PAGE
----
3 Signifying "Twin Sisters," and applied to the streams flowing into the Mohawk on opposite sides; in some documents spelled Chuct-to-na-ne-da.
4 Pronounced E-vawa-kil; named from Mrs. Eva Van Alstyne, who was wounded and scalped by the Indians in 1755, while crossing this stream.
5 Formerly called "Veedersburgh".
6 Named for David Crane who settled here in 1804.
7 So named because the Indians were wont to assemble here.
8A Remington suspension bridge built here some years since fell of its own weight before it was finished.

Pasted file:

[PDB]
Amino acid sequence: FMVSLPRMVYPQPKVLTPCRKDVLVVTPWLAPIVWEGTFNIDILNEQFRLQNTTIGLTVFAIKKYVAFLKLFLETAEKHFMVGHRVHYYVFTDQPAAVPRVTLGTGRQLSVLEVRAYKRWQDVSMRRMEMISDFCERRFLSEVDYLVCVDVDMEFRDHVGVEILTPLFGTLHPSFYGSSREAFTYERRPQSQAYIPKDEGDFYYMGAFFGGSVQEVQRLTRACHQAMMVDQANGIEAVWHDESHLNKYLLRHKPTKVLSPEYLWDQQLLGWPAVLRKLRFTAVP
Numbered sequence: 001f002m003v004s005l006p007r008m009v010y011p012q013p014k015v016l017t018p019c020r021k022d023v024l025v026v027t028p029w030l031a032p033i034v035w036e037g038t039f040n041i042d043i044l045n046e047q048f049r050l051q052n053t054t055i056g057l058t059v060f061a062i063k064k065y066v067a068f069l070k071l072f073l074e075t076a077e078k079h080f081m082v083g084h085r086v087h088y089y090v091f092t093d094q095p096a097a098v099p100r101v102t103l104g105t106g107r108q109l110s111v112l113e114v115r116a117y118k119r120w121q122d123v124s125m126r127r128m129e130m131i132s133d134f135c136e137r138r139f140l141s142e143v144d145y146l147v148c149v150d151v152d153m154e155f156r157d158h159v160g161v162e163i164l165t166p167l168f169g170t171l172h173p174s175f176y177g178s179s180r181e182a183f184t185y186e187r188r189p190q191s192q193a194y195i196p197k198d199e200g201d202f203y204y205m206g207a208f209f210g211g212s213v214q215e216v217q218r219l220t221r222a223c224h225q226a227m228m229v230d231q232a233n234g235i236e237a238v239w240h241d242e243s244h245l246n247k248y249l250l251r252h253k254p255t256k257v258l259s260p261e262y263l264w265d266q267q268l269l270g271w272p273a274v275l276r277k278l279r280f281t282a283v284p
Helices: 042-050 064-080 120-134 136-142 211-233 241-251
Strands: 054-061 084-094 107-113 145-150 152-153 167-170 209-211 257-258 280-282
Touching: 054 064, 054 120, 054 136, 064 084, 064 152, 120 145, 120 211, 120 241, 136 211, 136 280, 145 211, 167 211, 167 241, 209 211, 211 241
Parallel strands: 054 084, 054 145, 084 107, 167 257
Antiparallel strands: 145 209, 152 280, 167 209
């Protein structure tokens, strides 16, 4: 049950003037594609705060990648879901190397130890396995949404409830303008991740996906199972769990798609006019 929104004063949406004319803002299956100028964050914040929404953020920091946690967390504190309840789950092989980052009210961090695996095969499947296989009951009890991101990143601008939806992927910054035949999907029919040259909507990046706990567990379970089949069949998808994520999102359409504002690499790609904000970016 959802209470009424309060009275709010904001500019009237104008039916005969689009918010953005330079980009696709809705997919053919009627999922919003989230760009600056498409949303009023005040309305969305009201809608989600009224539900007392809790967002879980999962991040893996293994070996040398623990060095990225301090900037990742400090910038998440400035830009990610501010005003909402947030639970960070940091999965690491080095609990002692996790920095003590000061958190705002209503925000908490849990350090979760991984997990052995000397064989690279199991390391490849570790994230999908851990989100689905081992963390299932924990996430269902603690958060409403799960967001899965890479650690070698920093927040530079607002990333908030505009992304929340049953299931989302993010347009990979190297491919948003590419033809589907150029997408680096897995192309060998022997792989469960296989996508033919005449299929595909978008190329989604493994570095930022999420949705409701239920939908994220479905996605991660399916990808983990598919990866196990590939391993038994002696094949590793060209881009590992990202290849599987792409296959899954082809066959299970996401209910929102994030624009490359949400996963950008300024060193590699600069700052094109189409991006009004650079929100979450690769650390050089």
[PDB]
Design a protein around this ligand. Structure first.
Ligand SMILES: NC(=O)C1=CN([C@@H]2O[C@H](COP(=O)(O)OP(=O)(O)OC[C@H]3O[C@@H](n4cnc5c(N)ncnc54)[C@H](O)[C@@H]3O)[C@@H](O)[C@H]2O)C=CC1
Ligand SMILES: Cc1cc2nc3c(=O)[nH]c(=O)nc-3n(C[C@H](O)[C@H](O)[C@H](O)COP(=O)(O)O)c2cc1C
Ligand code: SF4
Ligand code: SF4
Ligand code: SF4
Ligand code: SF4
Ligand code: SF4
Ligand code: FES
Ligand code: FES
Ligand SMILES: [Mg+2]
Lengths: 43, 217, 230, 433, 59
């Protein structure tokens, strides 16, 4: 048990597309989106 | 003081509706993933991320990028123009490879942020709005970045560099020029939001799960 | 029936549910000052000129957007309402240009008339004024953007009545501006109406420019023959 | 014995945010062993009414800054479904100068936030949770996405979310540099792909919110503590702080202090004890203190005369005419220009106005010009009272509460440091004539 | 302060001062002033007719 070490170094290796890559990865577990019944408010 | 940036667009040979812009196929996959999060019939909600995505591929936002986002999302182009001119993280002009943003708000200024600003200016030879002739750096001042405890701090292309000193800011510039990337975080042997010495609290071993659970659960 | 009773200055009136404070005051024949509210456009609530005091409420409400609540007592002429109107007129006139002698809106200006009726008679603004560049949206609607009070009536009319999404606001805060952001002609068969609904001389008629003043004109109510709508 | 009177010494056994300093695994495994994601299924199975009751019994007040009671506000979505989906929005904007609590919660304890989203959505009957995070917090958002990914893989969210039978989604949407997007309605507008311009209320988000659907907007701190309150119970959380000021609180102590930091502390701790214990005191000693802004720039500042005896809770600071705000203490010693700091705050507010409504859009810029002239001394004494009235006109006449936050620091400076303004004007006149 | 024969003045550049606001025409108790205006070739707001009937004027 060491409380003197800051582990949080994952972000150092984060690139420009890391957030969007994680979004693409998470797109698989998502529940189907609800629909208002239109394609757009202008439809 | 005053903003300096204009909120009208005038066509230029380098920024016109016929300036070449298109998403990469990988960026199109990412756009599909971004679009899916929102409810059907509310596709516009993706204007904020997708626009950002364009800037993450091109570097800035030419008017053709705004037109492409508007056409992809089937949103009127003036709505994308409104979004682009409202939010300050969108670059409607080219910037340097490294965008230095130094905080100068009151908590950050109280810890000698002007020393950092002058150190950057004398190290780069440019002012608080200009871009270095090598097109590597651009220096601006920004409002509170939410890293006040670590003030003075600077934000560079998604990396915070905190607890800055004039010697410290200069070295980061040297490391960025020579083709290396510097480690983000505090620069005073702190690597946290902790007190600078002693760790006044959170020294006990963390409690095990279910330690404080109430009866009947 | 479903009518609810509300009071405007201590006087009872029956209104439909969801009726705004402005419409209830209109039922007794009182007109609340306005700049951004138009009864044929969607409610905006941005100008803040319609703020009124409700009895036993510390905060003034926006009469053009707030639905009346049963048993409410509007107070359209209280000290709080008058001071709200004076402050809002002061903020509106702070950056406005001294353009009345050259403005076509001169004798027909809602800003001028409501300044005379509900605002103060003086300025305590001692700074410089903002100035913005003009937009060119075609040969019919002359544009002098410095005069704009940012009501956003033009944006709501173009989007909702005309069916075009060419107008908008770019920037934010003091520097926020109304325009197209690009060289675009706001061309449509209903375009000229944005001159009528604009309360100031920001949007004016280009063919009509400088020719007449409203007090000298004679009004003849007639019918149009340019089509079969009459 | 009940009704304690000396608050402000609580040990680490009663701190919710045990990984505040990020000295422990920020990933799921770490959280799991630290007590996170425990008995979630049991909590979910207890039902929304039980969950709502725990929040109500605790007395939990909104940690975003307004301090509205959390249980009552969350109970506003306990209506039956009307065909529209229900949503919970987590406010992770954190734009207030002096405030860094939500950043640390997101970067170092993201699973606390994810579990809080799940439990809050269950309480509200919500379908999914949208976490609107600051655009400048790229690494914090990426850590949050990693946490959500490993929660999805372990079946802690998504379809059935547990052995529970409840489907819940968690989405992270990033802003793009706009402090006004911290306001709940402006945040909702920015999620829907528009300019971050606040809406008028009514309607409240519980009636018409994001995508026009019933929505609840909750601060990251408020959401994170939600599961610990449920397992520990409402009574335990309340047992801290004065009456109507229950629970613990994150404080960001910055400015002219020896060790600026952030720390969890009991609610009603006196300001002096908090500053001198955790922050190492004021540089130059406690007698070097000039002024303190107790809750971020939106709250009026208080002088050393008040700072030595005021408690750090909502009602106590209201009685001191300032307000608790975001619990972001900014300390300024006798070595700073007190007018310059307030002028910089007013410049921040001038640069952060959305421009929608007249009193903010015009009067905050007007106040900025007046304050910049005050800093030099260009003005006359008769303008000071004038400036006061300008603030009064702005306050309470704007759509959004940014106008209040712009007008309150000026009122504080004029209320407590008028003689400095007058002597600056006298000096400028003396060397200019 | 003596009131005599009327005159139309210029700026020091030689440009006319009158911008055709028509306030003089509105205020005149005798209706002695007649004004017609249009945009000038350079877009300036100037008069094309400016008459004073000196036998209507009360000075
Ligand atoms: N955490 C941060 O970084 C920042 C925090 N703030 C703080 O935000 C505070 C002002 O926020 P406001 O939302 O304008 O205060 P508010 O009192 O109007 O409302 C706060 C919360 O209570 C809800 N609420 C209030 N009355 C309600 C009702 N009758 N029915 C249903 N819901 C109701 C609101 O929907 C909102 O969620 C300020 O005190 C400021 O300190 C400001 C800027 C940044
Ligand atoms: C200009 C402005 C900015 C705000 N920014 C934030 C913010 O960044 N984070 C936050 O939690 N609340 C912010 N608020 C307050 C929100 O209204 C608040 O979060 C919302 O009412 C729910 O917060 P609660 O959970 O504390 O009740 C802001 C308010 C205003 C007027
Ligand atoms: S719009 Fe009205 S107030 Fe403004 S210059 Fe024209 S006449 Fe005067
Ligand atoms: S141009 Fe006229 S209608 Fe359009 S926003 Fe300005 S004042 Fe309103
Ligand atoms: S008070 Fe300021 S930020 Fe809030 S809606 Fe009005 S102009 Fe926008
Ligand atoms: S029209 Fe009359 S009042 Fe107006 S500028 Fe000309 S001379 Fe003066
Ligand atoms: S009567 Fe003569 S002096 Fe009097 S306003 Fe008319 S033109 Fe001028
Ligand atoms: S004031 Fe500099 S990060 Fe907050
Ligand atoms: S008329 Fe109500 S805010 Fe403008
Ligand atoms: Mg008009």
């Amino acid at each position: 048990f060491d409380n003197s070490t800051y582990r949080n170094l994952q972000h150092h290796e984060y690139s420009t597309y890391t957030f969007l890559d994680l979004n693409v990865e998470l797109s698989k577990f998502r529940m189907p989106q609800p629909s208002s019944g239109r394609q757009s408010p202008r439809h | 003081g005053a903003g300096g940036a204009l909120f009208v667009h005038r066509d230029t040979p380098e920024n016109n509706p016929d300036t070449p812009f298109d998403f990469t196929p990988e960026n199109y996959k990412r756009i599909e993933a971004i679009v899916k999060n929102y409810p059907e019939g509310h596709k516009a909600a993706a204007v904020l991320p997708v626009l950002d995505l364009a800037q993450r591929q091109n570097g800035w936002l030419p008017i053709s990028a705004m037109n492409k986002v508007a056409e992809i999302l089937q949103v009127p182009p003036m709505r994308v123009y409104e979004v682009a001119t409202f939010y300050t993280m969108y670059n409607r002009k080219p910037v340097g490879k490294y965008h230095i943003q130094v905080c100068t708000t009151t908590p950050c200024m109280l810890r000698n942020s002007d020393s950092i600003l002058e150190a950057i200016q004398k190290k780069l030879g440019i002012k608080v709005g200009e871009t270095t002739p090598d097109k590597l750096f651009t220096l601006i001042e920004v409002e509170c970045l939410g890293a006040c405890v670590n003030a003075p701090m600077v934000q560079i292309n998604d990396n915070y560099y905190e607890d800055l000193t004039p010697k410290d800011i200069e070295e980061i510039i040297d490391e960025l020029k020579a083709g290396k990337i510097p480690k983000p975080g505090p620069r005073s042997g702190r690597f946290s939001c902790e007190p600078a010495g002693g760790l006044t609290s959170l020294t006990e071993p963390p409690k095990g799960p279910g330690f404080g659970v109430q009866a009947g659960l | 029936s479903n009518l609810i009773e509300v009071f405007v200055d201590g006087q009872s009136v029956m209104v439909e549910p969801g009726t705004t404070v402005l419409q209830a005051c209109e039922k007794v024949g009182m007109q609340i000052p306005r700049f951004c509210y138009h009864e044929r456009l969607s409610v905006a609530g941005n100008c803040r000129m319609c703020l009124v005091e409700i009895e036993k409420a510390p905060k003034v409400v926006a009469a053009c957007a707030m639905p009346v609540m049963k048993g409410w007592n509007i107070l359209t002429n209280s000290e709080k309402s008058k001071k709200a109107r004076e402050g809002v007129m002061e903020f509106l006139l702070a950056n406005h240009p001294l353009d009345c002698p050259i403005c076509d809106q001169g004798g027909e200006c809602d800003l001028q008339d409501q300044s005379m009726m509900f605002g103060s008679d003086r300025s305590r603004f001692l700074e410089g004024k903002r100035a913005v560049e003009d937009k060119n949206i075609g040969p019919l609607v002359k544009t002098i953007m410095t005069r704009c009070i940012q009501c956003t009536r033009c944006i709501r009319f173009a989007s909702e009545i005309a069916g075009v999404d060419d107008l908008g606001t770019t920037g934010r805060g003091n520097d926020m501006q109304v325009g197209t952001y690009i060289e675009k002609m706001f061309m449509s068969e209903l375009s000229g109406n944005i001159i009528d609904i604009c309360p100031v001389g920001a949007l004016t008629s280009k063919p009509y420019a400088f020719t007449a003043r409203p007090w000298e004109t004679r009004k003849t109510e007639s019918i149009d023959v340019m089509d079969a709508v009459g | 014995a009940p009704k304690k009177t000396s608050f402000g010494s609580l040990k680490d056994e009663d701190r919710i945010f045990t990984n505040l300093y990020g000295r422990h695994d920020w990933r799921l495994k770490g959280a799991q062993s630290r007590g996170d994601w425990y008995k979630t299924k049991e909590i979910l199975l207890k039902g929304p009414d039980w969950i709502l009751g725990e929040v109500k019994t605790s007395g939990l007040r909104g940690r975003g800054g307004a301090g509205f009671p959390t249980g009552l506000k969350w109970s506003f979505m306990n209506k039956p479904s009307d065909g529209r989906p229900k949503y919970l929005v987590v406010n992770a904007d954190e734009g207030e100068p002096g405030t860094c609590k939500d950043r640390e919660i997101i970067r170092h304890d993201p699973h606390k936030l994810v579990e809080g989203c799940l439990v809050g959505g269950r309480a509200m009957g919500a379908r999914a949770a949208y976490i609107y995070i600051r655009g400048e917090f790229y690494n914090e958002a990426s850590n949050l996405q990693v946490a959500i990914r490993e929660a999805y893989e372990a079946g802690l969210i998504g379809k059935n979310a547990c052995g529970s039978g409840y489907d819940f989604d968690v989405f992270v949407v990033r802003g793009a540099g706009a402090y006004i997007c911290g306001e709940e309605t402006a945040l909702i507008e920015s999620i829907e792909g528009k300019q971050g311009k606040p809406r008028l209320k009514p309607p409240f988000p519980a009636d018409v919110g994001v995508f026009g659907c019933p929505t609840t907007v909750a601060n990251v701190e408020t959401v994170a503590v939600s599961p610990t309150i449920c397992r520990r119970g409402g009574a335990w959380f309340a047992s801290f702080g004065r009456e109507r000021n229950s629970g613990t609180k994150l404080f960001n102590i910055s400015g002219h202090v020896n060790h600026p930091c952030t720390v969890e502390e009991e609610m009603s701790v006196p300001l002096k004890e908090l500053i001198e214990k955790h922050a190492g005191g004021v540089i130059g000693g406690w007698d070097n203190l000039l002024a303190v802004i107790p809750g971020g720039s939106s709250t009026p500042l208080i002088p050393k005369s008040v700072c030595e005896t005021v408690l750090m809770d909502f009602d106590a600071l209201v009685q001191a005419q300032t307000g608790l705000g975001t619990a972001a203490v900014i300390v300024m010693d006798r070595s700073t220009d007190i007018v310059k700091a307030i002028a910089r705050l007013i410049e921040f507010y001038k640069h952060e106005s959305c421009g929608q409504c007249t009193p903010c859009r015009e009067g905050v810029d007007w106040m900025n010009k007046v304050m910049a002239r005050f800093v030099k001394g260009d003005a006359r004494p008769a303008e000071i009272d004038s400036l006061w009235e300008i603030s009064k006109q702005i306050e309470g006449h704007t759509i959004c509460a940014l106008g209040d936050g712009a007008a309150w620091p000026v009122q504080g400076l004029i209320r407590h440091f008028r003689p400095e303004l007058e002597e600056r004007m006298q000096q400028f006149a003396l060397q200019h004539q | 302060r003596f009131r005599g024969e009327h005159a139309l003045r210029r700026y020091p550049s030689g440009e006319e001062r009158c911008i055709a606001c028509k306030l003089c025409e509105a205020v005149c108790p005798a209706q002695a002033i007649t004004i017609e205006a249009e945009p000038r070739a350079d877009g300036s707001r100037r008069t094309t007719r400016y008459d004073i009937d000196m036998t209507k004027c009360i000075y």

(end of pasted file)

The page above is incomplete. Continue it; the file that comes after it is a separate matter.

9 This ediface was richly ornamented with carvings of oak and mahogany; and at the time of its erection it was one of the finest mansions in the colony. It is still standing, and is the property of Algneyson Young, Esq. Sir William lived here for many years, surrounded by numerous dependents, and was frequently visited by great numbers of Indians, by whom he was highly esteemed. He built a mill upon the Kayderosseras, near his mansion.
10 The former of these was burned and its site is now occupied by the hotel of Chas. Chase. The latter, known as "Guy Park," is still standing between the R.R. and the river, 1 mi. W. of Amsterdam. It is now owned by Jas. Stewart. A tract 1 mi. square was originally attached to each of these residences, but the whole was confiscated and sold with the estates of the tories.
11 This church became Presb. in 1803. There are ow 8 churches in town: 2 Presb., 2 M. E. Bapt., Ref. Prot. D, Prot. E., and Evang. Luth.